Using CoreOS, Minio(S3) To Build A Highly Available Private Docker Registry – Part 2

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High Availability For A Private Docker Registry – Architecture

This is part two on how to configure Docker Registry in a High Availability configuration. To read part one click here.

High Availability Docker Registry Digram

Docker Swarm Configuration on CoreOS

To configure Docker Swarm you will need minimum 3 nodes, below I will use the names/ip’s listed in part 1.

To initialize the Docker Swarm cluster, just run the below on the first node coreos1.

Next, run the below, on the two other nodes (coreos2 and coreos3).
Replace the token with your Docker Swarm token.

For fail-over to work properly, in recent versions, run the below on node2 and node3, this is needed to allow the other two node become manger in case the first node fails.

Now, lets verify the cluster functionality.

Next, create a Docker Swarm network.

Next, create Docker Swarm service.

Now, verify the cluster network and service.

Docker helpful examples

A Docker Swarm busybox example.

Verify the ps busybox Docker Swarm.

Running the busybox as part of Docker Swarm.

Scale the busybox service as part of Docker Swarm.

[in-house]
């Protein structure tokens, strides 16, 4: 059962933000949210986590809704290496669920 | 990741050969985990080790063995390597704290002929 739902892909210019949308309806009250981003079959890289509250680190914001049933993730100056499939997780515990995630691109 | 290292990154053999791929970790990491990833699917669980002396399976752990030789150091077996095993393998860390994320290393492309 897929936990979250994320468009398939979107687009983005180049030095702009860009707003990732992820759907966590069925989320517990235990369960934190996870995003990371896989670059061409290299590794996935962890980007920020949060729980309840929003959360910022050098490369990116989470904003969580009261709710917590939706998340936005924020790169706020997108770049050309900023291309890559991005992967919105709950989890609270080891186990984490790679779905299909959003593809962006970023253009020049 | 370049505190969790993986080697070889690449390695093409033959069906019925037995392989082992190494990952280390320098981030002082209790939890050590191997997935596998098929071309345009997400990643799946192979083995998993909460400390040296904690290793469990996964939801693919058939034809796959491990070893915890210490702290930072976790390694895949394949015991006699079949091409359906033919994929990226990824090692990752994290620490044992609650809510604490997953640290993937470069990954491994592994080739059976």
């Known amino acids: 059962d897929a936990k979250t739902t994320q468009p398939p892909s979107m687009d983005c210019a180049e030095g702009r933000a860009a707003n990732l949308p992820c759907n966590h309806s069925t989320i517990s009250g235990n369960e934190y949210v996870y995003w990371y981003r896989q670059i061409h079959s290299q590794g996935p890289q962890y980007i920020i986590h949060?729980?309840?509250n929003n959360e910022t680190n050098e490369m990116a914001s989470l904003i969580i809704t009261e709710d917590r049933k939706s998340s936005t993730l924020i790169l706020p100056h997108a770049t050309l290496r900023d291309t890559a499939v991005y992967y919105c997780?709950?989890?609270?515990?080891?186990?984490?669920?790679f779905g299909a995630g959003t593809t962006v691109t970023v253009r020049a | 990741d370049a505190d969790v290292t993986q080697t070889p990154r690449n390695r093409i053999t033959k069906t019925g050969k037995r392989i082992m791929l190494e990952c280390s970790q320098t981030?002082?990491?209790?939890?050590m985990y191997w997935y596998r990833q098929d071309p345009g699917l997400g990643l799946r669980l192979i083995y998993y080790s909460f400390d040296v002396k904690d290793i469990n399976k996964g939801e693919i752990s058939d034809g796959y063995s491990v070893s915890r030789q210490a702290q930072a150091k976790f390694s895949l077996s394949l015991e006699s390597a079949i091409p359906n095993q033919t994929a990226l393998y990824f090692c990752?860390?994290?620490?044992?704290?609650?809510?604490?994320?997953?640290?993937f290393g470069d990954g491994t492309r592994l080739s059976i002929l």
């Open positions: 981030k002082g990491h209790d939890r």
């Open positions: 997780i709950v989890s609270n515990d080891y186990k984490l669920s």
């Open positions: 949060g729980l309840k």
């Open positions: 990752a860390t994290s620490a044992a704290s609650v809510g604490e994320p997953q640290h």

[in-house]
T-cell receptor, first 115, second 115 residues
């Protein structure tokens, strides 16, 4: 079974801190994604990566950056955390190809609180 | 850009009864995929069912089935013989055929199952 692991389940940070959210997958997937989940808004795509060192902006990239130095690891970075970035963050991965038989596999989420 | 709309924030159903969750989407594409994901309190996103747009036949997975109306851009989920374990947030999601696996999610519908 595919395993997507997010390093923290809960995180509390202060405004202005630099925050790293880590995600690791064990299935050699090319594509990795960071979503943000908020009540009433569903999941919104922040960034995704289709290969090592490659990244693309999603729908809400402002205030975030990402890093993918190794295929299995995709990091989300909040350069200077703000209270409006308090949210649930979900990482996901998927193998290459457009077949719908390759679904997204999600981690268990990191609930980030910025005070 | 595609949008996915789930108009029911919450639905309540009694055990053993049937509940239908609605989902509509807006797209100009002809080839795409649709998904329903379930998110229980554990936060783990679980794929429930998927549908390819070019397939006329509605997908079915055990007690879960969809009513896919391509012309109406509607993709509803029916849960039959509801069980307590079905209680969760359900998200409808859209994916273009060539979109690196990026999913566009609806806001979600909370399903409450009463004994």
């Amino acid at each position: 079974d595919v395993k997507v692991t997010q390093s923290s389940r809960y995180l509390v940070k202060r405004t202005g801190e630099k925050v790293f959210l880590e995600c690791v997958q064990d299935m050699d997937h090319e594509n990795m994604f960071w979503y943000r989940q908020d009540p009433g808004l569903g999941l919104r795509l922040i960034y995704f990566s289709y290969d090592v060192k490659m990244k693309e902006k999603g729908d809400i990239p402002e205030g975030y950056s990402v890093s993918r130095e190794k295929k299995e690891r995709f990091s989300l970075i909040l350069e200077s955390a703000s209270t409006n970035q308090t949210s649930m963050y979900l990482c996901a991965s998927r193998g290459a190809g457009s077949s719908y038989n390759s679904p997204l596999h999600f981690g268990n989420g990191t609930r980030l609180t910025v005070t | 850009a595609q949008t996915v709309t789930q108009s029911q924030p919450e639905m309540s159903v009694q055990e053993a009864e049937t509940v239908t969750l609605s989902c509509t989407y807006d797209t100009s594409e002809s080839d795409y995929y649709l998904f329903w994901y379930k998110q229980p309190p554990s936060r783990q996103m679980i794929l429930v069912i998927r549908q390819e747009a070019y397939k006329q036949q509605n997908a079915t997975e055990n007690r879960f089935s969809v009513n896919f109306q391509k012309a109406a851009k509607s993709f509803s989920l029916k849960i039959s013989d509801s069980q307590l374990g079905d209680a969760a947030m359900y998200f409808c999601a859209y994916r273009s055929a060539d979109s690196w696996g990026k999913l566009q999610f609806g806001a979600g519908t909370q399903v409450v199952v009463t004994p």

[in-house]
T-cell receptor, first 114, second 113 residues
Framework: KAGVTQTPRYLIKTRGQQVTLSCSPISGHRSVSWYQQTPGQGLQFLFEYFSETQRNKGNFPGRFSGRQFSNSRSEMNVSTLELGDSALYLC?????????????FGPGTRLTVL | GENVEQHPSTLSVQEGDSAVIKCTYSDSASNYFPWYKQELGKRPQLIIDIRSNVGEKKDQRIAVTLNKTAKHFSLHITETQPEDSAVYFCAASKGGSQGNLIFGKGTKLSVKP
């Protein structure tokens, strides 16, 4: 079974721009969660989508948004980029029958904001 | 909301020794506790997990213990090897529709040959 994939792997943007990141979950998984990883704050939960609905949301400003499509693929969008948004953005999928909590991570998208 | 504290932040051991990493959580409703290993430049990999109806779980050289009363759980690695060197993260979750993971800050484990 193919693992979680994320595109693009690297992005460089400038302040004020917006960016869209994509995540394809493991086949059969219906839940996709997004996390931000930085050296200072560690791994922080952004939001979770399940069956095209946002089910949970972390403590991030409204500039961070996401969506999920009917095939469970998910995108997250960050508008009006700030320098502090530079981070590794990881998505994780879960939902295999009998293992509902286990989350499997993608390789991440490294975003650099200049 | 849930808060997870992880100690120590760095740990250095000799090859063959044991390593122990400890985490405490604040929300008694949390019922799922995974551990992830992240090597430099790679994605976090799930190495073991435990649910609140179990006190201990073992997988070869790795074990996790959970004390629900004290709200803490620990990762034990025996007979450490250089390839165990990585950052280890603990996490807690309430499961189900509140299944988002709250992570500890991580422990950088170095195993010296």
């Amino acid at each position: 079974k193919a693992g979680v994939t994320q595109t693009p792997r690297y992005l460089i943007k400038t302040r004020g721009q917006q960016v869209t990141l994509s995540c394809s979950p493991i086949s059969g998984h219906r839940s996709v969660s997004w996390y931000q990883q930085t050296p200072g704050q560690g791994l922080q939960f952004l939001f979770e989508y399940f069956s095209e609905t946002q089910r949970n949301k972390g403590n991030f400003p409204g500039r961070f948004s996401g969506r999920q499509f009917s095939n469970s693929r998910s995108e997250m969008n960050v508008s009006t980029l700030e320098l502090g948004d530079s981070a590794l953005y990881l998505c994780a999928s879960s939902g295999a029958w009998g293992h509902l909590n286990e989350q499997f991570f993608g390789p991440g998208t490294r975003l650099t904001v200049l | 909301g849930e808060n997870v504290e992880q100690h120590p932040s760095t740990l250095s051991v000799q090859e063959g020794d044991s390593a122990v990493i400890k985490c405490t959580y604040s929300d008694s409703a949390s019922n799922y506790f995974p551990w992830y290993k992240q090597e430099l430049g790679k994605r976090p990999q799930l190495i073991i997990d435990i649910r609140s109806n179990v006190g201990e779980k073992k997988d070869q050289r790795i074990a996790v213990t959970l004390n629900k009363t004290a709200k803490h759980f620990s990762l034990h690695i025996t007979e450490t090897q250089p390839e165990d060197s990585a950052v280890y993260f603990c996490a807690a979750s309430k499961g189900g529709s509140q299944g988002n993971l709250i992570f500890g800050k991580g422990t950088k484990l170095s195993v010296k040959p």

Destroying the Docker Swarm cluster

Single node to leave the cluster.

Last node to leave the cluster – on coreos1.

Installing Minio Object Store

To install/configure the Docker Registry in a High Availability architecture, we need to configure the back-end storage to be shared. One of the many options available is using AWS S3 as the back-end storage.

One of the free open source vendors created an S3 alike option. in my configuration I will be using the Minio back-end object store(available from, I found it to be an awesome option for an S3 alike back-end storage.
Note: Just for extras, I will also use an NFS back end shared directory store, helping the fail-over file system always available.

One of the requirements for a Distributed Minio is running a minimum of a 4 node cluster (i.e. 4 docker instances), since I started my configuration with only 4 VBox VM’s I will continue that route(with only 3 nodes) but I will configure 4 Docker instances to meet the requirements.
Note: Idle in a production environment you should have 4 physical nodes, or there are a few other options like two nodes with 2 or 4 physical disks each, for the full requirements, please visit the Distributed Minio Documentation.

Enough talk, lets get to work.

A few notes on the Minio setup.

  1. Minio like S3 requiters an access and secret key. I am using minio and minio123 as these keys, please make sure to change them in your environment
  2. Minio by default listens to port 9000, in order not to have any issues if more then one Minio instance land on the same host you should make sure each node uses there own port, I used 9001, 9002, and so on